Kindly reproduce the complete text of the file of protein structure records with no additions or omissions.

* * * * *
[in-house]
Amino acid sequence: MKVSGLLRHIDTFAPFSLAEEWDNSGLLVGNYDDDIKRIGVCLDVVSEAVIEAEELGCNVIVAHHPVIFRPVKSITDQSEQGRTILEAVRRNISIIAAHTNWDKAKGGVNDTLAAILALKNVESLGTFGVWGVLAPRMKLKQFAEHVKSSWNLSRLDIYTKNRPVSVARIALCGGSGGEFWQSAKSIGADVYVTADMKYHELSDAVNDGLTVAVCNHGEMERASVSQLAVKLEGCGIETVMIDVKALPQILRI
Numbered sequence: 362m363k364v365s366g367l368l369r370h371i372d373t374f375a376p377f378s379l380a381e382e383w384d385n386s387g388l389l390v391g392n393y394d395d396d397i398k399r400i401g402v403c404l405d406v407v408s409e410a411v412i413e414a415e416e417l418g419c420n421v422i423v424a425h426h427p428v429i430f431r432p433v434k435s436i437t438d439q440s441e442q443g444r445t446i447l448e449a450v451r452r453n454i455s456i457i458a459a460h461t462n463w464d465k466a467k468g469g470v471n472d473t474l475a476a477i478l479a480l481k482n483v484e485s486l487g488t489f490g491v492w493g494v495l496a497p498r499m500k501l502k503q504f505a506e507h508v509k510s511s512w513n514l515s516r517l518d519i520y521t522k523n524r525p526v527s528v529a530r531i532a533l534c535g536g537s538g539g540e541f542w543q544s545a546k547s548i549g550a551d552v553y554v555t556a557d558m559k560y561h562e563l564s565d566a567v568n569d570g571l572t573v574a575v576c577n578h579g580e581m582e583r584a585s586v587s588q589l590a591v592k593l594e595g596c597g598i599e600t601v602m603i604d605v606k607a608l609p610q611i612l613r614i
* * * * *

[in-house]
Amino acid sequence: MKVSGLLRHIDTFAPFSLAEEWDNSGLLVGNYDDDIKRIGVCLDVVSEAVIEAEELGCNVIVAHHPVIFRPVKSITDQSEQGRTILEAVRRNISIIAAHTNWDKAKGGVNDTLAAILALKNVESLGTFGVWGVLAPRMKLKQFAEHVKSSWNLSRLDIYTKNRPVSVARIALCGGSGGEFWQSAKSIGADVYVTADMKYHELSDAVNDGLTVAVCNHGEMERASVSQLAVKLEGCGIETVMIDVKALPQILRI
Numbered sequence: 362m363k364v365s366g367l368l369r370h371i372d373t374f375a376p377f378s379l380a381e382e383w384d385n386s387g388l389l390v391g392n393y394d395d396d397i398k399r400i401g402v403c404l405d406v407v408s409e410a411v412i413e414a415e416e417l418g419c420n421v422i423v424a425h426h427p428v429i430f431r432p433v434k435s436i437t438d439q440s441e442q443g444r445t446i447l448e449a450v451r452r453n454i455s456i457i458a459a460h461t462n463w464d465k466a467k468g469g470v471n472d473t474l475a476a477i478l479a480l481k482n483v484e485s486l487g488t489f490g491v492w493g494v495l496a497p498r499m500k501l502k503q504f505a506e507h508v509k510s511s512w513n514l515s516r517l518d519i520y521t522k523n524r525p526v527s528v529a530r531i532a533l534c535g536g537s538g539g540e541f542w543q544s545a546k547s548i549g550a551d552v553y554v555t556a557d558m559k560y561h562e563l564s565d566a567v568n569d570g571l572t573v574a575v576c577n578h579g580e581m582e583r584a585s586v587s588q589l590a591v592k593l594e595g596c597g598i599e600t601v602m603i604d605v606k607a608l609p610q611i612l613r614i